Leave a comment

Winter Squash Guide

a variety of winter squash fruits on a rustic wooden table with a copy space, fall holiday background

Delicata, acorn, butternut, spaghetti — winter squash is abundant in Tennessee, but with so many kinds to choose from, where do you start?

Here’s what you need to know about winter squash in Tennessee.

What is winter squash?

An annual fruit, winter squash differs from its summer counterpart because it’s harvested and eaten when the fruit is fully mature, which means:

  • The seeds inside are fully grown (and could grow if planted), and
  • The skin has hardened into a tough rind.

Summer squash, such as zucchini, tastes best when harvested young. They have immature seeds and a softer, edible rind.

Winter squash tastes best when harvested full-grown. You know it’s ready when the fruit turns a deep, mostly solid color and the skin is hard. A winter squash should feel heavy; that means it hasn’t dried out. Store it in a cool, dry place, but don’t refrigerate it.

Some varieties of winter squash can last several months if stored properly.

How do you cook winter squash?

Winter squash generally needs to be cooked (baked, roasted, grilled, etc.) before being eaten. Often the skin must be removed, though some squashes (such as the aptly named delicata) have delicate, edible rinds.

What is the nutritional value of winter squash?

Winter squash is low in calories and high in complex carbohydrates and fiber.

It is also an excellent source of:

  • Vitamin A (antioxidants)
  • Vitamin B (energy, metabolism)
  • Vitamin C (vision, heart health, iron absorption)
  • Iron (blood and muscle function)
  • Potassium (heart health, lowering stress)
  • Beta-carotene (healthy skin, vision)

Beta-carotene tip: The darker the skin, the higher the beta-carotene content.

What are the different kinds of winter squash?

isolated acorn pepper squashAcorn

  • Appearance: dark green outside, often with a spot of orange somewhere; yellow-orange flesh
  • Taste: sweet, nutty
  • Use: baked, sautéed, steamed or stuffed with rice or meat; particularly good in soup; tough but edible rind

 


ambercup squashAmbercup

  • Appearance: small, pumpkin-like with orange skin and flesh; similar to acorn and buttercup squashes
  • Taste: sweet, mild, dry, not stringy
  • Use: peel, cube and roast; anywhere you would use sweet potatoes, use ambercup

 


Two buttercup squashes sit on a white background.

Buttercup

  • Appearance: turban shape with flatter top; dark green skin; dense, yellow-orange flesh
  • Taste: mild, dense, slightly sweet
  • Use: due to its density, best cubed and cooked into stews, or roasted until tender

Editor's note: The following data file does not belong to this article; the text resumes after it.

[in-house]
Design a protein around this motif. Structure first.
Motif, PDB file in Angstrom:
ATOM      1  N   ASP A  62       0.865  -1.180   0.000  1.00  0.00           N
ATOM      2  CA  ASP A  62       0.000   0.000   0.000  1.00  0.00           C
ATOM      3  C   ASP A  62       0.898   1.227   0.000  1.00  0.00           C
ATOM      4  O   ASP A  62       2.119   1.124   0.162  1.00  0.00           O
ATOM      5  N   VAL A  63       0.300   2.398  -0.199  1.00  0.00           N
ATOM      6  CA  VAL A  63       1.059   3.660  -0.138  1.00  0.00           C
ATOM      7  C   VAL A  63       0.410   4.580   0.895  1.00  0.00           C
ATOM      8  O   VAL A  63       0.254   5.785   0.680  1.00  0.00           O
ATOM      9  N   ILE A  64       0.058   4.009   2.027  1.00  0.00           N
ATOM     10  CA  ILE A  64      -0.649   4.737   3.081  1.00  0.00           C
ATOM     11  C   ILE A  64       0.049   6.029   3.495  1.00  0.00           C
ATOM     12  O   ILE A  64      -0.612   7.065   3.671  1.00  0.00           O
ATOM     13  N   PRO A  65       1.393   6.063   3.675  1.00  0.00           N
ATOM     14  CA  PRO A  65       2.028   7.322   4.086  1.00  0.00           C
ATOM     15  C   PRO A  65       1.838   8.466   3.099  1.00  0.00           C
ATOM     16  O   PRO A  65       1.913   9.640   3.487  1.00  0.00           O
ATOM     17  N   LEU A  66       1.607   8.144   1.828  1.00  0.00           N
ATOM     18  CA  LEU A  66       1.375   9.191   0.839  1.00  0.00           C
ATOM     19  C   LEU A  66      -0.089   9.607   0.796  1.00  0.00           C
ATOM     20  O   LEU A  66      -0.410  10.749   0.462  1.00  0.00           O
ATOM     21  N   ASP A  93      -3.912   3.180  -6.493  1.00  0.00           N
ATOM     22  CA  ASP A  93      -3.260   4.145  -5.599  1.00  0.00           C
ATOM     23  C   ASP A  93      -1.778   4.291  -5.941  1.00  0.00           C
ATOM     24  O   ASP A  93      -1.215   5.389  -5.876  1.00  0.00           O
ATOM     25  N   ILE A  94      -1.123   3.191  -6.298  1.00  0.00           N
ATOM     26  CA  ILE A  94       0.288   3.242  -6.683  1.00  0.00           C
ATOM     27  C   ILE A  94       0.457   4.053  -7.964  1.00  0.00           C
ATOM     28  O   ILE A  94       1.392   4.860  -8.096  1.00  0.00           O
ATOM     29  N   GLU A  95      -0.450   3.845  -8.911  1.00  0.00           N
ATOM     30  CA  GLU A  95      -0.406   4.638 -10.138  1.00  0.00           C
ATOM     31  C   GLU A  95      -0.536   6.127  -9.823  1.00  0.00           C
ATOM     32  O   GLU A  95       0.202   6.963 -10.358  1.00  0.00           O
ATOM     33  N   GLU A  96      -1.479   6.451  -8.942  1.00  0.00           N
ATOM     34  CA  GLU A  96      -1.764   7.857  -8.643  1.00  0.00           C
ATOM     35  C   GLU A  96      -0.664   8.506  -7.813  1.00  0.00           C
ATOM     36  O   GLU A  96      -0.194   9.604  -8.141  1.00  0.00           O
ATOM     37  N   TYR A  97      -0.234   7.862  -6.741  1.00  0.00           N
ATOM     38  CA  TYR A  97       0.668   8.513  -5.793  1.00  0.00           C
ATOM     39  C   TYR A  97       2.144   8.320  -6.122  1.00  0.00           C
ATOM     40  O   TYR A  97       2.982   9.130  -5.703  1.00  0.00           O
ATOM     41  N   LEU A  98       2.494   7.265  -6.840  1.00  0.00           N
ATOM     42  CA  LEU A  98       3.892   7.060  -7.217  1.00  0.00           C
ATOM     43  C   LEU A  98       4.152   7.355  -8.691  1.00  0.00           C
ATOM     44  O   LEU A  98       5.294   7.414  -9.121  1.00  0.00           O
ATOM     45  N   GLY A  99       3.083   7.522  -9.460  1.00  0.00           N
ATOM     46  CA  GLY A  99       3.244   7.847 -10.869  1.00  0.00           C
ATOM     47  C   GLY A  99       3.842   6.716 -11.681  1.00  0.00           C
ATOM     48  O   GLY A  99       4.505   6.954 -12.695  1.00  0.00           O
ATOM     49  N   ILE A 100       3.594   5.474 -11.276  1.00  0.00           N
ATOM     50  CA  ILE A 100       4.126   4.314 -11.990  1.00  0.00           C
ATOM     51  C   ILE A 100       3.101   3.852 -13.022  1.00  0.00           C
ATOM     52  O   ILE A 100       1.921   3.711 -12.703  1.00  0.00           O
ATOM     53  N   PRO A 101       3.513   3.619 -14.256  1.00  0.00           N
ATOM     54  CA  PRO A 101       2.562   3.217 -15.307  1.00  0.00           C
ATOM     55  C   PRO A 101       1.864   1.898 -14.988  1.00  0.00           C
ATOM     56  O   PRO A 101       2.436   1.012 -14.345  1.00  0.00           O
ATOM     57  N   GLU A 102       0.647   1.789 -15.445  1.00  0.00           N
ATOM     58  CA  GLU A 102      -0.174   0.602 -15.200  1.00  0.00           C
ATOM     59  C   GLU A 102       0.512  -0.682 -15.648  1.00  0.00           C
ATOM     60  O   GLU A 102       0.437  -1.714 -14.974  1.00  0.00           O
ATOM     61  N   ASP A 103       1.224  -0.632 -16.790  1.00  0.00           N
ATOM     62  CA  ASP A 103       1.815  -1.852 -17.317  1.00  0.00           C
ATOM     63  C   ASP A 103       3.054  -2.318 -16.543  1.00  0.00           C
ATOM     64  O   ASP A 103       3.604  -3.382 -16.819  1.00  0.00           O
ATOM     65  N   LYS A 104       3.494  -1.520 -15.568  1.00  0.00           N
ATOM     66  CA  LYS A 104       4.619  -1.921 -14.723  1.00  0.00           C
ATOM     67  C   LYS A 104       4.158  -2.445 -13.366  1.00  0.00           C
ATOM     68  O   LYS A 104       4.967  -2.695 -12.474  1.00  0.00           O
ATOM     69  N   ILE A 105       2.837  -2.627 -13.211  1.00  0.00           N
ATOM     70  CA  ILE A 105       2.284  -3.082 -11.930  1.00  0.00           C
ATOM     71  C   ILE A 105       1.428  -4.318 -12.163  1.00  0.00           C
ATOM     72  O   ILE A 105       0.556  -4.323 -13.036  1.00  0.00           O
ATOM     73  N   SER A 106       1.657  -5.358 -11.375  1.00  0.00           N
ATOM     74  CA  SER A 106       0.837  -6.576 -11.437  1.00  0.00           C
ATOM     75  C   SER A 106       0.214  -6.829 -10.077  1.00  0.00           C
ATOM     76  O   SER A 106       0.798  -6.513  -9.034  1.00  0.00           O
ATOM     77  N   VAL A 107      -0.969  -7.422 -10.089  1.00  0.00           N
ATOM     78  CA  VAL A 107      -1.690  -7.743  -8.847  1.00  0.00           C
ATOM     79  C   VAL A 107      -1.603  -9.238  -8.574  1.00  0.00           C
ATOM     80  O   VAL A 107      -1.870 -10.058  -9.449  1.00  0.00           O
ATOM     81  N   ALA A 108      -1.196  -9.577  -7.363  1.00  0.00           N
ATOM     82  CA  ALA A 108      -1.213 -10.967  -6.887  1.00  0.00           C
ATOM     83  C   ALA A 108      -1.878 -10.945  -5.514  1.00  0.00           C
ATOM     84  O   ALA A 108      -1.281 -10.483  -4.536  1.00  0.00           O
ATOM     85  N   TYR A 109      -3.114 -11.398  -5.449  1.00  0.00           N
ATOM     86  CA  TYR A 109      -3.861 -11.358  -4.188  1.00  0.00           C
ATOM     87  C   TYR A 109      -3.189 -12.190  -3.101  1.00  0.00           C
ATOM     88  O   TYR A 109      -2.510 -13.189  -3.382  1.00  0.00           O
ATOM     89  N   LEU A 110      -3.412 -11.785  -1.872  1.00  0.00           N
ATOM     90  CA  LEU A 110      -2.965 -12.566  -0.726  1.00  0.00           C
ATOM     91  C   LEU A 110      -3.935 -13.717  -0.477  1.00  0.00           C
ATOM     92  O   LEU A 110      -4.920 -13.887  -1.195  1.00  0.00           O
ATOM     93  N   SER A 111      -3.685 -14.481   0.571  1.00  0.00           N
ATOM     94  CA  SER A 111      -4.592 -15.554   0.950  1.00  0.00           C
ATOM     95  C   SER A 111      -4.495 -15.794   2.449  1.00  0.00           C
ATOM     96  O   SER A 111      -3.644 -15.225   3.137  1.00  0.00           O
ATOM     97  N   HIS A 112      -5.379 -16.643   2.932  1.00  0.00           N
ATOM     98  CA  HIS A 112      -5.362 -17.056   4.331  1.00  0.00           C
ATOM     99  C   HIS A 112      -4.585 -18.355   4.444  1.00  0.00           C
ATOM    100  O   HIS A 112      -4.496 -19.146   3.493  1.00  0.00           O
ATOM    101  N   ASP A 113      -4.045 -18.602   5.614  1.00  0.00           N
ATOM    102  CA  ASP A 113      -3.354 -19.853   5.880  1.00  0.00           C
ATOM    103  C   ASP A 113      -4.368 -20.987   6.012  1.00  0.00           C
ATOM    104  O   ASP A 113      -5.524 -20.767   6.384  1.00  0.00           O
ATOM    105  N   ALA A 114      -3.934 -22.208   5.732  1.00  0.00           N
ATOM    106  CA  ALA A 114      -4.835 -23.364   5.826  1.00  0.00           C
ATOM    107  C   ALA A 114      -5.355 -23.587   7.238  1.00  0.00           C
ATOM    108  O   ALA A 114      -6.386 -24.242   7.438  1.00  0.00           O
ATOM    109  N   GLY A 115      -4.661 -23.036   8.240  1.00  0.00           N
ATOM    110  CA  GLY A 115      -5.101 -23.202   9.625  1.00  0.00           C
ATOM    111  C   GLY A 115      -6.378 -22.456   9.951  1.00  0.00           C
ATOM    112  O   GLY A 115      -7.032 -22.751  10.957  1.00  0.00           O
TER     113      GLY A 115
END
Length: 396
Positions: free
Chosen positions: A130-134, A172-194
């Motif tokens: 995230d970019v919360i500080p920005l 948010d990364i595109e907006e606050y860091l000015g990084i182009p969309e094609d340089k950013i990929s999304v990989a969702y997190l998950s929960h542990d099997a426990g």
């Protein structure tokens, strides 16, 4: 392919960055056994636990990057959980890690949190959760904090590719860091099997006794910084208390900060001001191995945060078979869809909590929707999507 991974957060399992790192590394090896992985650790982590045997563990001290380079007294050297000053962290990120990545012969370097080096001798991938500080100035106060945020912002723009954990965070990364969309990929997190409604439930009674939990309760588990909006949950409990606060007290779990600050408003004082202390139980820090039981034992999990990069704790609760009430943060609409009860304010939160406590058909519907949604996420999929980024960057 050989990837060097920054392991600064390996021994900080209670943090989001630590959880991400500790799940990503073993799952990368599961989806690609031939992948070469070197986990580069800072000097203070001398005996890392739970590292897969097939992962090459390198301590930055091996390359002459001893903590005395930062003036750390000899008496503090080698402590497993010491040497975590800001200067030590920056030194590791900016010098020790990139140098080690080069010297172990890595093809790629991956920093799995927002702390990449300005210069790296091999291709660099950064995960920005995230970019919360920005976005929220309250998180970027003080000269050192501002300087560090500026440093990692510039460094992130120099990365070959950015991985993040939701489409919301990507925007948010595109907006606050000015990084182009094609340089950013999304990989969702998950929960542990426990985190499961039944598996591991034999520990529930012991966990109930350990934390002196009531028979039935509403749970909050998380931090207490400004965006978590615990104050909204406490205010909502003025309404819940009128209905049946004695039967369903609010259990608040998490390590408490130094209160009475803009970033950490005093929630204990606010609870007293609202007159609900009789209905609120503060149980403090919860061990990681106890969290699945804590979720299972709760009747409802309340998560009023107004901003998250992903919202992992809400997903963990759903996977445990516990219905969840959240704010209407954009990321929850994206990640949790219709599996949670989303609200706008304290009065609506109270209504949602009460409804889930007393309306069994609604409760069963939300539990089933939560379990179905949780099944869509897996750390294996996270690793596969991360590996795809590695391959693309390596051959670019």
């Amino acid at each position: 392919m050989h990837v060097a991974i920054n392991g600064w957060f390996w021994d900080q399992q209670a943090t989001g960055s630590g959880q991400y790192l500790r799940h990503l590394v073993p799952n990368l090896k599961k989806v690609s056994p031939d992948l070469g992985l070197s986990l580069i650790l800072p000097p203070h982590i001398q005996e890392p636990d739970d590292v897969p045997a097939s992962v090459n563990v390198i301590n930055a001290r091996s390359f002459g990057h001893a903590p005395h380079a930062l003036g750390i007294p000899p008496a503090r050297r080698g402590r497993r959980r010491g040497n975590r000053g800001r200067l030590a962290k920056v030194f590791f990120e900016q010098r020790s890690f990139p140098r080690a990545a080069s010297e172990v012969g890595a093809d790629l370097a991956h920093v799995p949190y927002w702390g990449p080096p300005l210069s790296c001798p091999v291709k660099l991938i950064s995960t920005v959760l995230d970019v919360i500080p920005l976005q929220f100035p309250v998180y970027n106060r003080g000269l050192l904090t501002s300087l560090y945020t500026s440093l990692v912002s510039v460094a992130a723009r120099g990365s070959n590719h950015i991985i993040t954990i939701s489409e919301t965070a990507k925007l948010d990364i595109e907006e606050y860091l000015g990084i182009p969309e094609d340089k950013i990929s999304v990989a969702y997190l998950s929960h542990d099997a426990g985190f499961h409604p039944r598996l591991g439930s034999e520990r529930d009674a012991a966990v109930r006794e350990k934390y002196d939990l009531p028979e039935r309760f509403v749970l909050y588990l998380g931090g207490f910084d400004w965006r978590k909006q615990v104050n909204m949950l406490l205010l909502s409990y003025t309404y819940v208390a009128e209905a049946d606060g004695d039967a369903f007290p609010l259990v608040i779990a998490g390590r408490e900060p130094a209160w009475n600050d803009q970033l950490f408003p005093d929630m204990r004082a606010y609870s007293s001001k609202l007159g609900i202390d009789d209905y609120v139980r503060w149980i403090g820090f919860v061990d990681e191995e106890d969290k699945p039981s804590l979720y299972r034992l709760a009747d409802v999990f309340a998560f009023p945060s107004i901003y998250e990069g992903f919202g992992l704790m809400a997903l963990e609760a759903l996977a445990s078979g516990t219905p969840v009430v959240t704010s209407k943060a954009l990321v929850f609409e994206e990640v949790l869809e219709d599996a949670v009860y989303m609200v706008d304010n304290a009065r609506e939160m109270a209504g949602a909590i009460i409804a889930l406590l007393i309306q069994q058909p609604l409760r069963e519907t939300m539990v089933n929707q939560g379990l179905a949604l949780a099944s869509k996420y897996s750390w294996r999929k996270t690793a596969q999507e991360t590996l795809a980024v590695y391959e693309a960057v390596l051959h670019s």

Fresh butternut squash isolated on a white backgroundButternut

  • Appearance: beige; shaped like an elongated bell; dark orange flesh
  • Taste: similar taste to sweet potatoes but milder with a sweet, nutty flavor
  • Use: the same way you would sweet potatoes — roasted, sautéed, etc. — or puree in soup as it won’t get stringy

 


Delicata squashDelicata

  • Appearance: long, thick; yellow skin with smaller green stripes
  • Taste: creamy, slightly sweet; tender, edible rind
  • Use: all the ways listed above but also raw, shaved thin on salads, pasta or pizza

Delicata was originally introduced in New York in 1894 and was popular through the 20’s; Because of its delicate nature, it fell into obscurity for 75 years until its recent resurgence as an heirloom squash.


A photograph of half of a cooked spaghetti squash after strands were made with a fork.

Spaghetti

  • Appearance: watermelon-shaped; light yellow/tan in color
  • Taste: mild, earthy, slightly sweet
  • Use: roast and scrape the flesh out to create “noodles” that can be eaten like pasta

Contrary to how most fruit ages, larger spaghetti squash are more flavorful than small ones.


Sweet dumpling squash

Sweet dumpling

  • Appearance: looks like a miniature pumpkin; beige and green rind; orange flesh
  • Taste: tender, light, slightly sweet
  • Use: cut in half, drizzle with honey or oil and roast; or roast, scoop out flesh and stuff with vegetables, meat or rice

For more ways to use squash, click here.

Ashley Brantley

Ashley Brantley

Ashley Brantley has been writing about food, culture and health for more than a decade, and has lived in three of Tennessee’s four major cities (Memphis, Nashville and Knoxville). As Content Producer/Writer at bohan Advertising, she is a writer, editor and social media strategist.

More Posts - LinkedIn

WellTuned provides inspiration and practical advice for healthy living.
WellTuned does not offer medical advice. Any personal health questions should be addressed to your doctor.

Leave a Reply

Your email address will not be published. Required fields are marked *